Cartwright's compelling Origin case grows
He may have bamboozled the Country Origin team with his vast array of attacking skills but City coach Brad Fittler says it was Bryce Cartwright's work in defence that proved he is ready for Origin football.
In a game where genuine New South Wales Origin contenders were thin on the ground Cartwright was the player who left the most indelible impression on the 8,317 people who filled Scully Park in Tamworth for the annual AAMI Country-City clash won 44-30 by City, their first win since 2012.
Those who witnessed Cartwright's unstoppable offloads and clever kicks for tries left raving about the 21-year-old's performance but Fittler was more impressed with his contribution in the area of his game that is seen as something of a weakness.
In the top five of the Telstra Premiership for most missed tackles through nine rounds, Cartwright had to prove that he would not be a liability defensively in the vice-like pressure of an Origin match and Fittler was adamant he rose to the challenge.
"The big thing about Bryce Cartwright was that we had a goal before the game that if he was part of a tackle he had to finish it," Fittler said.
"It had nothing to do with defence. I never said anything all week to Bryce about attack and other than the first [tackle] when Shannon Boyd pretty much ran over the top of him, he never missed another one. His defence was outstanding.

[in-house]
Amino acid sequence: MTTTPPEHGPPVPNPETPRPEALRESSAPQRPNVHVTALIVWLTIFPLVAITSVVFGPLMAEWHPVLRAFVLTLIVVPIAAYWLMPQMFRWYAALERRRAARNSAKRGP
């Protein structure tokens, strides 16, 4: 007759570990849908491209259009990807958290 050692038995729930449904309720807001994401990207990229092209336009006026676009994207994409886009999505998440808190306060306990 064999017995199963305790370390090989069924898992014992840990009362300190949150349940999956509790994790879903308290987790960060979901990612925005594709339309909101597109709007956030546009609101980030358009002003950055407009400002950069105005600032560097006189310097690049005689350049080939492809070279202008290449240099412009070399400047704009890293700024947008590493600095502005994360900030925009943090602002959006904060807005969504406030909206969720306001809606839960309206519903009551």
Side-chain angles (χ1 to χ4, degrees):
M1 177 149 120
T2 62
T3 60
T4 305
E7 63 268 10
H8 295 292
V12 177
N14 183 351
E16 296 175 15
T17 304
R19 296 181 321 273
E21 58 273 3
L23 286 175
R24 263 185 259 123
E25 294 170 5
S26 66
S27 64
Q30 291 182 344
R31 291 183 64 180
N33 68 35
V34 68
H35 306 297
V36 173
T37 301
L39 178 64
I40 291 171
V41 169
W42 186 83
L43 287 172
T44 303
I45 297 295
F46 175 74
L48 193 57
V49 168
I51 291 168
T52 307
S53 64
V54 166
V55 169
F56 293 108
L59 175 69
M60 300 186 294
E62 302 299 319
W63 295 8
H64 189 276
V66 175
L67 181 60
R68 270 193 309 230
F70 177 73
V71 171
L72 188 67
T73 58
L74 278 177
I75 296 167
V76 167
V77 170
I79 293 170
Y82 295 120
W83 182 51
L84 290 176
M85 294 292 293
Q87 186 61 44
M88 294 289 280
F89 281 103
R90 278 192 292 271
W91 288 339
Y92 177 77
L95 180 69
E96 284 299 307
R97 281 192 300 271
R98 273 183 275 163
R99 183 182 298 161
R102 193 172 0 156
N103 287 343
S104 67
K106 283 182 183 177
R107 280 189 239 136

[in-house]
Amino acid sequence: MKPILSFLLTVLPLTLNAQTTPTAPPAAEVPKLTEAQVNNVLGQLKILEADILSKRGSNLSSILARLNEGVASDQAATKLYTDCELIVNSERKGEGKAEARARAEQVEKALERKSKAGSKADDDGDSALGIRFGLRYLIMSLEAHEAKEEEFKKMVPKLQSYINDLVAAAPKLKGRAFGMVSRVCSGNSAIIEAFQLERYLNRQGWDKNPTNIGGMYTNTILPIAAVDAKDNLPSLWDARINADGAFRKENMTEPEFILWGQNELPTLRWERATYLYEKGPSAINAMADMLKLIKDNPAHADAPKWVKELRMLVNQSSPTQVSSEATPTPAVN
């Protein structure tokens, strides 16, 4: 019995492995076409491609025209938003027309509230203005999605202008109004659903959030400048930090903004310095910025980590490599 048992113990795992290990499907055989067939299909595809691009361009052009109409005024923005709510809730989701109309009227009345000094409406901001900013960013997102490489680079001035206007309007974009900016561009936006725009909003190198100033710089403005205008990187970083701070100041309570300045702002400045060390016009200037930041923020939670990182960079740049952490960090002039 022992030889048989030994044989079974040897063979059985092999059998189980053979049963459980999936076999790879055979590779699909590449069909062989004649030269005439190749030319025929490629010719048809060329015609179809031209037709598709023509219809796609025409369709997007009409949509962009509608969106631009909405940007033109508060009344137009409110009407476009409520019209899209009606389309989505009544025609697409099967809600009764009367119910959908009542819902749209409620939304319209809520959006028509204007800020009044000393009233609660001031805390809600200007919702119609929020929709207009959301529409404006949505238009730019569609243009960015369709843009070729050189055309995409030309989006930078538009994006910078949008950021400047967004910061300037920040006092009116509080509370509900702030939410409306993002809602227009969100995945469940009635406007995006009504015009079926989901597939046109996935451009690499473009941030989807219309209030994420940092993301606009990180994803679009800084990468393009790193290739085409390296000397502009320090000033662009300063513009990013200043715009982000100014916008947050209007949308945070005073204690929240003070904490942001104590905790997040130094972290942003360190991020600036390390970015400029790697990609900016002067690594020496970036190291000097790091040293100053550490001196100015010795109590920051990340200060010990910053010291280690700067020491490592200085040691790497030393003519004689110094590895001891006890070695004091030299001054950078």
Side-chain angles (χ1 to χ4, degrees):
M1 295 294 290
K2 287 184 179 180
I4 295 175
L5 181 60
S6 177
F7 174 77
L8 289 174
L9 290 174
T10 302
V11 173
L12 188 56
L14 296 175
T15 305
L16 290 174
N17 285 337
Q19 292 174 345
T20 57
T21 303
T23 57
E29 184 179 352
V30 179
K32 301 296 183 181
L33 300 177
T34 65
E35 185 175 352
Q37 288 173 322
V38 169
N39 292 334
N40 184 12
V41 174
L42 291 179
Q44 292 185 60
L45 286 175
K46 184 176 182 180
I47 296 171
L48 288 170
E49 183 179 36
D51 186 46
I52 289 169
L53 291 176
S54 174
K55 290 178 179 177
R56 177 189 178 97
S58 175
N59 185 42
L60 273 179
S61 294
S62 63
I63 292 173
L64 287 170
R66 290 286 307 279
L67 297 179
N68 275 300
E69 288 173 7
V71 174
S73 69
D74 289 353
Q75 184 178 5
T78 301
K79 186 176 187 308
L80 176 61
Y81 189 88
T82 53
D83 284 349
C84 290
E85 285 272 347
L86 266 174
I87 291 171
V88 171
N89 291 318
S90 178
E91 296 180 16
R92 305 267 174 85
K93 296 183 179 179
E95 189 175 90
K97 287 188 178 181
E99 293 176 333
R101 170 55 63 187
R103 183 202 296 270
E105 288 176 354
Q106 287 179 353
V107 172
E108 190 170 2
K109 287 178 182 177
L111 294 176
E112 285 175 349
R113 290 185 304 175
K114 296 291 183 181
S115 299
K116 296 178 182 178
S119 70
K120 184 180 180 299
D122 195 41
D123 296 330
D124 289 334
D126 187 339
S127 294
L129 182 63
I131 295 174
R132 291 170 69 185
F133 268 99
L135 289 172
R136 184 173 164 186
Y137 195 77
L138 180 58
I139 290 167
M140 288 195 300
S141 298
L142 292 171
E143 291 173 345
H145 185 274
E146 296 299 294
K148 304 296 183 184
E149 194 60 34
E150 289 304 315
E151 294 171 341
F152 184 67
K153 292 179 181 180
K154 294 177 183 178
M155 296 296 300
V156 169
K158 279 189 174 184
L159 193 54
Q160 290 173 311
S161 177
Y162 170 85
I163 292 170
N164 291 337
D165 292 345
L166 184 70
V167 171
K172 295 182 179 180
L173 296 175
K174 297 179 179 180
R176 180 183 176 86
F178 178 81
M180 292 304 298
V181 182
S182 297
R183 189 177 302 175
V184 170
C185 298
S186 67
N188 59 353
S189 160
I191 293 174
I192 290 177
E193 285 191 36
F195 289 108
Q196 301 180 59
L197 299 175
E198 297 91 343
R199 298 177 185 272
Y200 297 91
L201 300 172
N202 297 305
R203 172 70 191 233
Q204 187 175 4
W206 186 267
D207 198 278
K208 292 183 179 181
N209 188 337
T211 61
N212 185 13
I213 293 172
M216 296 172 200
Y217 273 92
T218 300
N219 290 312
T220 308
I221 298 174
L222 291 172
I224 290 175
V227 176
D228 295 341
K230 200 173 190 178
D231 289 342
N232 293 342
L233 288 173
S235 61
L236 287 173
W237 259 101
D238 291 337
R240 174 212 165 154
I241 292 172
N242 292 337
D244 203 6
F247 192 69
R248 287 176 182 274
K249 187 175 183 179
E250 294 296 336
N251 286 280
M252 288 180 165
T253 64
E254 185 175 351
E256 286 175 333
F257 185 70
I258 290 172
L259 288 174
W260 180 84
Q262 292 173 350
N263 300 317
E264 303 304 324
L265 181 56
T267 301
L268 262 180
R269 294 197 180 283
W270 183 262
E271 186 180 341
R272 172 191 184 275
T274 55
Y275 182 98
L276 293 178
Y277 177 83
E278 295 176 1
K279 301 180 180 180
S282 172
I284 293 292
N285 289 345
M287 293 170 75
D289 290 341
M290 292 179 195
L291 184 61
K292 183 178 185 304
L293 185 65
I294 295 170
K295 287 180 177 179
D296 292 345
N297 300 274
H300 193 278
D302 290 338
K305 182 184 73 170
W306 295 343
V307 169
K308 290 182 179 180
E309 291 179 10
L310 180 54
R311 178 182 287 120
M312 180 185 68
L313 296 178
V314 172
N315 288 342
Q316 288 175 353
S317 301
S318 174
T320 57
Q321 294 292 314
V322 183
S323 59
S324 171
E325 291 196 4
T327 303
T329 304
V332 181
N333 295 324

"If he fine-tunes that part of his game he's got to be picked in teams.
"He never missed a tackle and set up about 14 tries. He's very hard to contain, he's a very good player."
Country coach Craig Fitzgibbon was well aware of the potency the Panthers back-rower would bring in attack but said his team were still largely powerless to stop him.
"He's clearly a special talent and things seem to happen around him," said Fitzgibbon, who played 11 Origins for NSW.
"You'd like to think that whether he gets there sooner rather than later I'm not sure but he definitely causes some angst coaching against him I can tell you that.
"They were fearless, they had nothing to lose and 'Freddy' always brings out the best in those sorts of players and he got them to all connect and play well."
Cartwright was a link in the chain for City's first try, put the grubber in for Aaron Gray's second try, put a deft chip kick in that led directly to Nathan Peats's try early in the second half and came up with three judicious offloads that put players such as Gray and Tyrone Peachey into space.
As the fifth-most prolific purveyor of offloads thus far this season what he did was not really a surprise to anyone; it's just next to impossible to stop when he is on song.
"There's got to be a bit of trust sometimes and you've got to back individuals to take him one-on-one instead of coming in because if you come in high he's too hard [to stop]," said Country skipper James Maloney.
"He can lift it over you and he's got really good skills there.
"We should have done better on him there, it was a bit disappointing."
For City captain Chris Lawrence, the week in camp with Cartwright gave him the opportunity to see his full array of skills on show.
"It was good to see some of the skill that he has, particularly in training," Lawrence said.
"We got to see how skilful the guy is. We did some drills in training and he reminds me in some ways of Toddy Payten, just really good with his hands in a big forward's body."